Posted Oct 15, 2012 22:41 UTC (Mon) by tpo (subscriber, #25713)
Once we'll get serious about saving energy, the fridge will possibly want to know whether it needs to fill up its coldness reservoir in advance, because tomorrow will be a warm day and it won't be able to rely on cold outside air to help it cool its contents :-)
Posted Oct 15, 2012 21:36 UTC (Mon) by Cyberax (✭ supporter ✭, #52523)
I absolutely loathe the model of "soft center, hard perimeter" - it's broken beyond belief right now, so in lots of cases right now relation "being accessible" is equal to "being authorized to use".
We should probably evolve towards "no perimeter, everything is hardened" model. For example, by using IPSec to create authenticated overlays over the IPv6 network.
Posted Oct 15, 2012 21:44 UTC (Mon) by dlang (✭ supporter ✭, #313)
defining how to setup IPv6 IPSec on your TV, DVR, Washing Machine, Fridge, etc is not trivial (for that matter, setting it up securely on your full blown computers is not trivial, even for experienced admins)
As long as devices can be shipped and 'just work' without some complicated setup, manufacturers will continue to have that as the default.
Any completely automated IPSec setup process is not going to be any more secure, as the rogue equipment will be able to automate joining the network just like any legitimate equipment.
Now that you have a 'soft center', the only remaining question is if you opt to expose this out to the Internet, or if you try to get some protection by putting a 'hard shell' around it.
and arguments for ubiquitous IPSec or SSL can actually reduce the overall security if they make it impossible for the devices at the edge of the network to protect devices inside the network.
Posted Oct 15, 2012 21:57 UTC (Mon) by Cyberax (✭ supporter ✭, #52523)
>Any completely automated IPSec setup process is not going to be any more secure, as the rogue equipment will be able to automate joining the network just like any legitimate equipment.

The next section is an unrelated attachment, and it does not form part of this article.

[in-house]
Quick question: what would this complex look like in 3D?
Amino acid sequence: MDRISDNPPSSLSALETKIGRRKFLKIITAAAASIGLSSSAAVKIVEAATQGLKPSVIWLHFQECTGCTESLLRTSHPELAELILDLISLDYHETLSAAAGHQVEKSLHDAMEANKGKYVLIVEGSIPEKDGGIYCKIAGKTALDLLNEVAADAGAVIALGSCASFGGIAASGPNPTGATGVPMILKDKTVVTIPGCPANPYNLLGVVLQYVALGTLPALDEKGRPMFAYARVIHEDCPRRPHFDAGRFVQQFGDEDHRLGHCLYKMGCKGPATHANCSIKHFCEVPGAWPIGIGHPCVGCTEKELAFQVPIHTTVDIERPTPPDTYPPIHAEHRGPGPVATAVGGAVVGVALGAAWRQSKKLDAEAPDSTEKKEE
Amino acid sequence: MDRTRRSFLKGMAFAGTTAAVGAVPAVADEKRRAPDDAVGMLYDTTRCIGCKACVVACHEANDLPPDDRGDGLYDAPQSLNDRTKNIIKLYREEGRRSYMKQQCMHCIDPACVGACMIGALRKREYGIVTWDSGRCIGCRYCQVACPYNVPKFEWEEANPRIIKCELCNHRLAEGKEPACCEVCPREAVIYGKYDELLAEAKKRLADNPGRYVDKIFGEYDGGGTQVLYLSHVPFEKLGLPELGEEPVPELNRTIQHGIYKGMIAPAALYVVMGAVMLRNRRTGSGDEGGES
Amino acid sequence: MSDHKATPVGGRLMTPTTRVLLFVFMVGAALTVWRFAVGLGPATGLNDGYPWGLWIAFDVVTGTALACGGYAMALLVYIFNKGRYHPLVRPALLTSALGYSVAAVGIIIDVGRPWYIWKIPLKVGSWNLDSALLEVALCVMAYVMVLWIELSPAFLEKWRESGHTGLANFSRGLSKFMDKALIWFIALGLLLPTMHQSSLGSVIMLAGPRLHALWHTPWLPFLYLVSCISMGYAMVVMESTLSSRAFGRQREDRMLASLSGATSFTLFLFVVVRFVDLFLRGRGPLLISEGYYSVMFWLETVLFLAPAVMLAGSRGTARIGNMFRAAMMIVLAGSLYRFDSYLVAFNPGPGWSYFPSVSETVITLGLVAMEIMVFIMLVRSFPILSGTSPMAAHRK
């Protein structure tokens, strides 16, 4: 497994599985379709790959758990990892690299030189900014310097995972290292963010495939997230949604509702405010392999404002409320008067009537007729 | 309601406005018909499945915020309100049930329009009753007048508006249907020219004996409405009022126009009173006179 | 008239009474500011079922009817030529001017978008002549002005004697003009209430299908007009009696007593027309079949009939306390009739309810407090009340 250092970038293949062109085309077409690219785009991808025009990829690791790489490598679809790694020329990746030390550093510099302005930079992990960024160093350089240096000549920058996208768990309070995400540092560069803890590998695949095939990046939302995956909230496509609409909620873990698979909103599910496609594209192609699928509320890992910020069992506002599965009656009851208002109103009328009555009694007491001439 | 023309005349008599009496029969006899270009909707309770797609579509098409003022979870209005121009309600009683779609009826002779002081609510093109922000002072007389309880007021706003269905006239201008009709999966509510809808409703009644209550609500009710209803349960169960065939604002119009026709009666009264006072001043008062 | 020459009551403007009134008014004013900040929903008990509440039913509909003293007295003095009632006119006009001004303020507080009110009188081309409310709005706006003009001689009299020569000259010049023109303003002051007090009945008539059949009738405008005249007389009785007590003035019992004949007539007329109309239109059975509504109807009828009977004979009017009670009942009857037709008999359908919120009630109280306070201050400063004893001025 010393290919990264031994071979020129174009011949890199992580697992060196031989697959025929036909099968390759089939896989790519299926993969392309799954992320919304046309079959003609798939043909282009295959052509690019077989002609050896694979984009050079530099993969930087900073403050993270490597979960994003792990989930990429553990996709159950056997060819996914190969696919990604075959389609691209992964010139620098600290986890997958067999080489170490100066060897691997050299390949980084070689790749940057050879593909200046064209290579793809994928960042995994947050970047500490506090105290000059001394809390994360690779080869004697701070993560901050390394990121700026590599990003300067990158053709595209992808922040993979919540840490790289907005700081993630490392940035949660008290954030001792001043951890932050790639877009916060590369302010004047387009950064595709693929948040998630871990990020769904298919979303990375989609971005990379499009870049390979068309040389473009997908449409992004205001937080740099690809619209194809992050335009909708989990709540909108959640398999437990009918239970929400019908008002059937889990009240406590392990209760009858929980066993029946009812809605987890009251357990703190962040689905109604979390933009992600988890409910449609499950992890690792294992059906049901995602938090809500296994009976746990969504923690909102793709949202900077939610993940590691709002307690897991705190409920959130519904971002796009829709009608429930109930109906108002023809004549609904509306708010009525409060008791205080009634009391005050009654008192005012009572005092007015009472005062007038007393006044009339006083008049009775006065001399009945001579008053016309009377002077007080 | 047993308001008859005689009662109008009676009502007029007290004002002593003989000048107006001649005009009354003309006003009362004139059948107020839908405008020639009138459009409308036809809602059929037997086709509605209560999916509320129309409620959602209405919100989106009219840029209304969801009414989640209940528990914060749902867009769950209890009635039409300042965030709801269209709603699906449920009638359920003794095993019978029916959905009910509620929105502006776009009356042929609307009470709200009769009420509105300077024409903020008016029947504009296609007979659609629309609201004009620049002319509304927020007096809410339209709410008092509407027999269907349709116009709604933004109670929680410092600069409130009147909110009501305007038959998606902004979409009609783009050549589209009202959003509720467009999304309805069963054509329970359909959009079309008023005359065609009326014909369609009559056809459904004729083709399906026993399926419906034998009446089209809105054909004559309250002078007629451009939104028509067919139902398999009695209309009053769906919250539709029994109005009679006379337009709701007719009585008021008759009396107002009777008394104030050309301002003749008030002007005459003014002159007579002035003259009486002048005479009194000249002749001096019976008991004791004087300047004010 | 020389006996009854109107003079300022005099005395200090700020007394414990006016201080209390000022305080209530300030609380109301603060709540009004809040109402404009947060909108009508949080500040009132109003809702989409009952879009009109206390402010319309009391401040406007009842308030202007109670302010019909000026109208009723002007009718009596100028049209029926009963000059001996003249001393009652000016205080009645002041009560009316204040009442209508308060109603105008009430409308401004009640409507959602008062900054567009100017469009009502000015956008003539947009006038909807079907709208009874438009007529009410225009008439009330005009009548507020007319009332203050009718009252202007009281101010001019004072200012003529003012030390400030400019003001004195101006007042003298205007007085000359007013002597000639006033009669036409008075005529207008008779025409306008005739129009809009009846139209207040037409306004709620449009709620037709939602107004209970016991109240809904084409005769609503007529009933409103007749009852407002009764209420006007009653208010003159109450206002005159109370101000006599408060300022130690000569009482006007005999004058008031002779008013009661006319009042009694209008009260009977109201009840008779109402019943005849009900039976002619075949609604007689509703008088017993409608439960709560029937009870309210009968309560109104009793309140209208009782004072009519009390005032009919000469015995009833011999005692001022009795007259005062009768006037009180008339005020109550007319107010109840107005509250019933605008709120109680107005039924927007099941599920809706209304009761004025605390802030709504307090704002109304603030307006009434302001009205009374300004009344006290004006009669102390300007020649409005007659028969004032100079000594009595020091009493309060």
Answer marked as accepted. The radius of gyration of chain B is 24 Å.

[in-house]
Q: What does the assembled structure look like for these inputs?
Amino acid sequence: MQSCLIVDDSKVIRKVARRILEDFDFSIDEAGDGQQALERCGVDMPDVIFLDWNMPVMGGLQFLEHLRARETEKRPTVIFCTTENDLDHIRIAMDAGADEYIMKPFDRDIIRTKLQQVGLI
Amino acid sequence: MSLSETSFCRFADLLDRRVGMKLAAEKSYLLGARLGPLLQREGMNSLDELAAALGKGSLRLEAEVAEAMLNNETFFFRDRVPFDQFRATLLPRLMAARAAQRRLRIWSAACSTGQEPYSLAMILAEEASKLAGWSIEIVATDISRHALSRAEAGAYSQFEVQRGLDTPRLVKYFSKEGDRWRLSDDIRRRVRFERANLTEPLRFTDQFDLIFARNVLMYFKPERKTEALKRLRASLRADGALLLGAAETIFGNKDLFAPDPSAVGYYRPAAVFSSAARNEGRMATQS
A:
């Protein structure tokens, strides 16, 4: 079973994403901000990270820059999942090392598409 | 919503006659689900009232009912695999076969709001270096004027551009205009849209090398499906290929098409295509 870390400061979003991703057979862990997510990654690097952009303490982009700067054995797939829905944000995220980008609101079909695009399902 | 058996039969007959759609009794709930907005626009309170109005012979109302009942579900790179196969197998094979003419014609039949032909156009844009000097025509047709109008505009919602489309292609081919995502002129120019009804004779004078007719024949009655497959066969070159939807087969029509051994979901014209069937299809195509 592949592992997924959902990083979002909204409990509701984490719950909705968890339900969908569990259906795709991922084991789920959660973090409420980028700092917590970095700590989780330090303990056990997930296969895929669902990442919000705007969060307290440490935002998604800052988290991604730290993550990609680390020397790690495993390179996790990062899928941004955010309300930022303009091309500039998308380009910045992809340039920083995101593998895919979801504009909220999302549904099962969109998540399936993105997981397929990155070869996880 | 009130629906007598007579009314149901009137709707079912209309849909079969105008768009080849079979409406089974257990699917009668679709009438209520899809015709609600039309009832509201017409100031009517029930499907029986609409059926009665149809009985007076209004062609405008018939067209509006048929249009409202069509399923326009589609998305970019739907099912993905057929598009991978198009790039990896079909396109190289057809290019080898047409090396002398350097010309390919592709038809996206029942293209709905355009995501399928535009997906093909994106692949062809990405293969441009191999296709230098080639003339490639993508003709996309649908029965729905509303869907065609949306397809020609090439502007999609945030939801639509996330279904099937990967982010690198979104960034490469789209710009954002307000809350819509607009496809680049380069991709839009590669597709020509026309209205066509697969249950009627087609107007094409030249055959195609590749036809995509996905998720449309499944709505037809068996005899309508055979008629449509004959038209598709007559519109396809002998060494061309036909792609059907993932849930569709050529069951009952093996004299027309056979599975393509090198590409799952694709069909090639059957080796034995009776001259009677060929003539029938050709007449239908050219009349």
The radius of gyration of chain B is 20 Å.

Right now IPSec is impossible to use, but that's because nobody has yet started to "humanize" it.
Posted Oct 15, 2012 22:05 UTC (Mon) by raven667 (subscriber, #5198)
True and unfortunate. There should be no need for SSL because IPSec should cover that use case but Opportunistic Encryption just didn't work well enough in the real world and ESP doesn't work well with NAT. IPSec represents the bad kind of multi-vendor consensus design that tries to be everything and ends up being nothing.
Posted Oct 15, 2012 22:29 UTC (Mon) by dlang (✭ supporter ✭, #313)
right now nothing 'works' (for some definition of 'works')
Every large organization that has tried to get rid of the hard shell and harden everything has been broken into. But at the same time, every large organization that has tried to have a 'hard shell' and a free-for all inside has also been broken into.
'hard shell' by itself only works if you can control the communication out of the network
'harden everything' only works if you actually control every device on your network and have a sane way of administering the result.
The 'current' model of allowing everyone to have their own personally owned equipment that the company has no control over, and letting them connect it to the network (either directly, or via USB to the company computers) is a situation that gives you no control over your external communication, and no control over anything running inside.
Posted Oct 16, 2012 22:31 UTC (Tue) by sorpigal (subscriber, #36106)
My prediction is that security through "the thieves haven't broken in to my house YET" will be the rule of the day. We're almost there now, but it will just get worse. Those users who notice that their toasters have been rooted, are stealing credit card numbers and forwarding them overseas will simply throw the toasters out and buy new ones, not attempt to secure them.
Posted Oct 16, 2012 23:38 UTC (Tue) by Cyberax (✭ supporter ✭, #52523)
Posted Oct 16, 2012 23:51 UTC (Tue) by dlang (✭ supporter ✭, #313)
even assuming that someone takes the time to engineer your solution, and all the different manufacturers manage to agree on a common spec for how it would work, and going even further, manage to implement it in a compatible way.
Posted Oct 17, 2012 0:20 UTC (Wed) by Cyberax (✭ supporter ✭, #52523)
And most of components are already here. NFC is available on most phones and NFC readers are dirt-cheap.
Posted Oct 17, 2012 0:22 UTC (Wed) by dlang (✭ supporter ✭, #313)
with the notable exception of Apple devices. how many companies are going to make a fridge that cannot be configured by any Apple customers?
Posted Oct 17, 2012 0:28 UTC (Wed) by Cyberax (✭ supporter ✭, #52523)
Posted Oct 17, 2012 15:33 UTC (Wed) by sorpigal (subscriber, #36106)